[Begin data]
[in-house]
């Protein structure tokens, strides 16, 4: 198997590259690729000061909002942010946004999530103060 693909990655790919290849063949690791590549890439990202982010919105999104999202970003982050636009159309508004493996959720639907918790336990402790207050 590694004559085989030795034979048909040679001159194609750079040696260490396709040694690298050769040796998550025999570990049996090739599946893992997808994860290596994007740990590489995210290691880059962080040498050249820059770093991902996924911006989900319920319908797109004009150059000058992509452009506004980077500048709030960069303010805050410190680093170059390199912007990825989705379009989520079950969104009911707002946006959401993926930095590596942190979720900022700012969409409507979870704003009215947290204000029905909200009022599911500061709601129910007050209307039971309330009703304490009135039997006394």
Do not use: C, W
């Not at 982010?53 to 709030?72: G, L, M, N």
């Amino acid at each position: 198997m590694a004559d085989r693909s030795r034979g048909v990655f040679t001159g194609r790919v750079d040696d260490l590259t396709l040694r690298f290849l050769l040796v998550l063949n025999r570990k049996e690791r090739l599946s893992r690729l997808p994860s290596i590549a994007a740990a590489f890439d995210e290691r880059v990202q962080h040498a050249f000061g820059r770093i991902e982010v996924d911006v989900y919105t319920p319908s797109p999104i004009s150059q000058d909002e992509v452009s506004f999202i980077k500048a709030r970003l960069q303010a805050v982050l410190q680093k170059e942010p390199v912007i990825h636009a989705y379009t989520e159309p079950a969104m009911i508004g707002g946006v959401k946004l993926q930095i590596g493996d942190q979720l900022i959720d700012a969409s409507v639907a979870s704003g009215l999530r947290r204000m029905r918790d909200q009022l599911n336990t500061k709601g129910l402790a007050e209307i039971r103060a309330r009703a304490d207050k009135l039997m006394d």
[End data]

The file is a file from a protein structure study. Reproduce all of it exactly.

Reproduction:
[in-house]
């Protein structure tokens, strides 16, 4: 198997590259690729000061909002942010946004999530103060 693909990655790919290849063949690791590549890439990202982010919105999104999202970003982050636009159309508004493996959720639907918790336990402790207050 590694004559085989030795034979048909040679001159194609750079040696260490396709040694690298050769040796998550025999570990049996090739599946893992997808994860290596994007740990590489995210290691880059962080040498050249820059770093991902996924911006989900319920319908797109004009150059000058992509452009506004980077500048709030960069303010805050410190680093170059390199912007990825989705379009989520079950969104009911707002946006959401993926930095590596942190979720900022700012969409409507979870704003009215947290204000029905909200009022599911500061709601129910007050209307039971309330009703304490009135039997006394």
Do not use: C, W
């Not at 982010?53 to 709030?72: G, L, M, N």
């Amino acid at each position: 198997m590694a004559d085989r693909s030795r034979g048909v990655f040679t001159g194609r790919v750079d040696d260490l590259t396709l040694r690298f290849l050769l040796v998550l063949n025999r570990k049996e690791r090739l599946s893992r690729l997808p994860s290596i590549a994007a740990a590489f890439d995210e290691r880059v990202q962080h040498a050249f000061g820059r770093i991902e982010v996924d911006v989900y919105t319920p319908s797109p999104i004009s150059q000058d909002e992509v452009s506004f999202i980077k500048a709030r970003l960069q303010a805050v982050l410190q680093k170059e942010p390199v912007i990825h636009a989705y379009t989520e159309p079950a969104m009911i508004g707002g946006v959401k946004l993926q930095i590596g493996d942190q979720l900022i959720d700012a969409s409507v639907a979870s704003g009215l999530r947290r204000m029905r918790d909200q009022l599911n336990t500061k709601g129910l402790a007050e209307i039971r103060a309330r009703a304490d207050k009135l039997m006394d």